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David Cameron has confirmed that he will attend a memorial service for the former South African president Nelson Mandela in South Africa on Tuesday.
The Prime Minister wrote on Twitter: "I'll be at the memorial service in South Africa on Tuesday to commemorate the great man. #RIPMandela."
The Queen will be represented by the Prince of Wales at Nelson Mandela's funeral in South Africa on December 15, Buckingham Palace confirmed today.
Prince Charles and Prince Harry visited South Africa in 1997 and met Mr Mandela at his home in Pretoria.
The previous year, Charles had hosted Mr Mandela on a visit to Brixton during his first state visit to the UK.
The Queen has decided not to attend the funeral of Nelson Mandela as she reduces her long-haul travelling.
The Prince of Wales is expected to travel to South Africa to represent the Monarch at memorial events next week, The Sunday Times (£) reports.
The former South African president died on Thursday evening at the age of 95 at his Johannesburg home following a long illness.
The Queen said she was "deeply saddened" by Nelson Mandela's death, paying tribute to the legacy he left behind for South Africa.
An image of the late South African anti-apartheid leader Nelson Mandela has been projected on to the facade of Paris town hall as tributes to him continued to pour in from all across the globe.
Irish supermarket workers who went on strike for almost three years over the import of goods from apartheid South Africa are set to attend Nelson Mandela's funeral.
Trade unions are trying to organise transport for some of those who took part in the high-profile picket at Dunnes Stores in Dublin in the 1980s.
The action was triggered in 1984 when 21-year-old cashier Mary Manning was suspended for refusing to handle goods bought from South Africa.
One of the longest strikes in trade union history only ended when the Irish Government agreed to ban the import of South African fruit and vegetables until the apartheid regime was over.
Mr Mandela met the strike workers during a visit to Dublin in the early 1990s.
George Bizos, a close friend of Nelson Mandela, said: "I am naturally very disappointed and saddened. He's been a friend since 1948 and we had good times and bad times together.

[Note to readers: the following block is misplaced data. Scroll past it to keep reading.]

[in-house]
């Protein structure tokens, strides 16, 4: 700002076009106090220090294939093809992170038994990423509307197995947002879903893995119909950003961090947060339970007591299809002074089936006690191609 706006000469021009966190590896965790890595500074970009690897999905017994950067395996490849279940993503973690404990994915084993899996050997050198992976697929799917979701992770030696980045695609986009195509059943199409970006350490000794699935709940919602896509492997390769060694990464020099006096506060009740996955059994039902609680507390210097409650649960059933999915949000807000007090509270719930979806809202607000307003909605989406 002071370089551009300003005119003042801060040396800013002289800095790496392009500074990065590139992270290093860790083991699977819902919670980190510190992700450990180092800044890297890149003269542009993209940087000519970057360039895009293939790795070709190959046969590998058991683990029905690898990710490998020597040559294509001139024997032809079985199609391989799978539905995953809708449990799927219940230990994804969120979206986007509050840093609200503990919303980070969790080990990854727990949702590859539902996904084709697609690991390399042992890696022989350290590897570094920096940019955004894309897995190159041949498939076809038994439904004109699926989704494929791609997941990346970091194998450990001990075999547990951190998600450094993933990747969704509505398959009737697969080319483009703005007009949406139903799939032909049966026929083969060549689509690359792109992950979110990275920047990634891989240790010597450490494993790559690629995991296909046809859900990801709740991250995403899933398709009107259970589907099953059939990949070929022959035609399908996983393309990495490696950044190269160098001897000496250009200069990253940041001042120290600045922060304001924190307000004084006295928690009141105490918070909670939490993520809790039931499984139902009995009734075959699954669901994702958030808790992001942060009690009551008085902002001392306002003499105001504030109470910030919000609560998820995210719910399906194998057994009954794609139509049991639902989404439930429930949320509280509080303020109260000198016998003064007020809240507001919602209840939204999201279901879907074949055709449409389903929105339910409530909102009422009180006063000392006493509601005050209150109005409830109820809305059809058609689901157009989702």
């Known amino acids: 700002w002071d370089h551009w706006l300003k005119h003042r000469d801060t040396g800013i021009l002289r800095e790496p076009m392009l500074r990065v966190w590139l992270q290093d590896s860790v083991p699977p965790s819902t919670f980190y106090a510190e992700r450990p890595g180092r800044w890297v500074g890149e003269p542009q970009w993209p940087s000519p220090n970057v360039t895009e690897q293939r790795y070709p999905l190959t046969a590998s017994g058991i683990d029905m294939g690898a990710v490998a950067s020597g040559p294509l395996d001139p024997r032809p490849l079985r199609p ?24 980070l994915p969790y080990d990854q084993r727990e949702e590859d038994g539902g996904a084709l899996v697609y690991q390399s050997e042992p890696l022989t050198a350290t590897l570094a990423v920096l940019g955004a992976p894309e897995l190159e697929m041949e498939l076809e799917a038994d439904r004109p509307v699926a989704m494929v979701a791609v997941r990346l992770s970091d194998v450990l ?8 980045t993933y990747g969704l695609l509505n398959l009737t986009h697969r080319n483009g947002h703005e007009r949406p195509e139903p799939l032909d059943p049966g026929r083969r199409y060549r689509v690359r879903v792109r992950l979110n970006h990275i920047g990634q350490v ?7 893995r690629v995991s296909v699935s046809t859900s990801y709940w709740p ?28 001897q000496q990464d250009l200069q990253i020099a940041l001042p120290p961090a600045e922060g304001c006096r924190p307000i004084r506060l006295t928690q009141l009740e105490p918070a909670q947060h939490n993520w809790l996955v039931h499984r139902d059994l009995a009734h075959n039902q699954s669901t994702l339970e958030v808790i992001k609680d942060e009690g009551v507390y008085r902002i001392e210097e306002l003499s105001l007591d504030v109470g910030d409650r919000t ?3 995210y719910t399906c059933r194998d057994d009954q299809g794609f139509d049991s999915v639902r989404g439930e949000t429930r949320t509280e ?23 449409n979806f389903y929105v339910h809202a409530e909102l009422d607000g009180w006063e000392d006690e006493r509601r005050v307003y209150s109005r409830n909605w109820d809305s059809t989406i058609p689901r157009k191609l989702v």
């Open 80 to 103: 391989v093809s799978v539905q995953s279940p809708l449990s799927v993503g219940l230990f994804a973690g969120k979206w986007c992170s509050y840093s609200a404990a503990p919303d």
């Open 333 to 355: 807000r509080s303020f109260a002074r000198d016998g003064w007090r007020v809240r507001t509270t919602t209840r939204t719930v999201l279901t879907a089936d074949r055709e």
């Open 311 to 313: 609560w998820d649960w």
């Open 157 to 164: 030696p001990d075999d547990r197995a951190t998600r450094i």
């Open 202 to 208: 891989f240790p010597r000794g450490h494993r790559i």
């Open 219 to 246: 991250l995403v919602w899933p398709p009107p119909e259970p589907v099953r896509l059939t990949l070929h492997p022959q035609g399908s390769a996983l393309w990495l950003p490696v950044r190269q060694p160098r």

"I know that we are not immortal but when you lose a very close friend it weighs heavily with you and it weighs heavily with me."
Barack Obama has spoken to Nelson Mandela's widow Graca Machel on the phone to express condolences over the death of the former South African president at the age of 95.
The US President and first lady Michelle Obama are due to visit South Africa next week to participate in memorial events.
In a statement the White House said: "The President thanked Mrs Machel for the profound influence that Nelson Mandela has had on him, and underscored the power of President Mandela’s example for the people of South Africa and the entire world.
"President Obama expressed gratitude and thanks for the joy that Graça Machel brought to Nelson Mandela’s life, and the commitment to a peaceful, fair, and loving world that she and President Mandela shared."
Nelson Mandela 'knew his ability to inspire people' the former US president Bill Clinton said in an interview for US television.
Mr Clinton said: "He was a very, very effective president and he knew his ability to inspire people around the world, would only endure, if he could prove that there was not only freedom and forgiveness, but that it worked better for society that when people worked together, good things happen."
Mr Clinton was interviewed by Brian Williams for NBC News.
There were mixed emotions in the Soweto township where Nelson Mandela lived under - and fought against - the Apartheid regime.
Crowds gathered outside his former home which is now a museum.
From there ITV's International Correspondent John Irvine reports:
A successor President of South Africa, Jacob Zuma, called upon the world to celebrate the loss of Nelson Mandela - 'an international icon'. A memorial service will be held in Soweto next week; he will lie in state before a state funeral, next weekend.
It will be attended by world leaders, more of whom offered their praises today. But, in South Africa and around the world, the grief and gratitude of ordinary people too, poured out - some had met him; all felt he had touched their lives and changed their world.
From outside Mandela's Johannesburg home, ITV's Africa Correspondent Rohit Kachroo reports:
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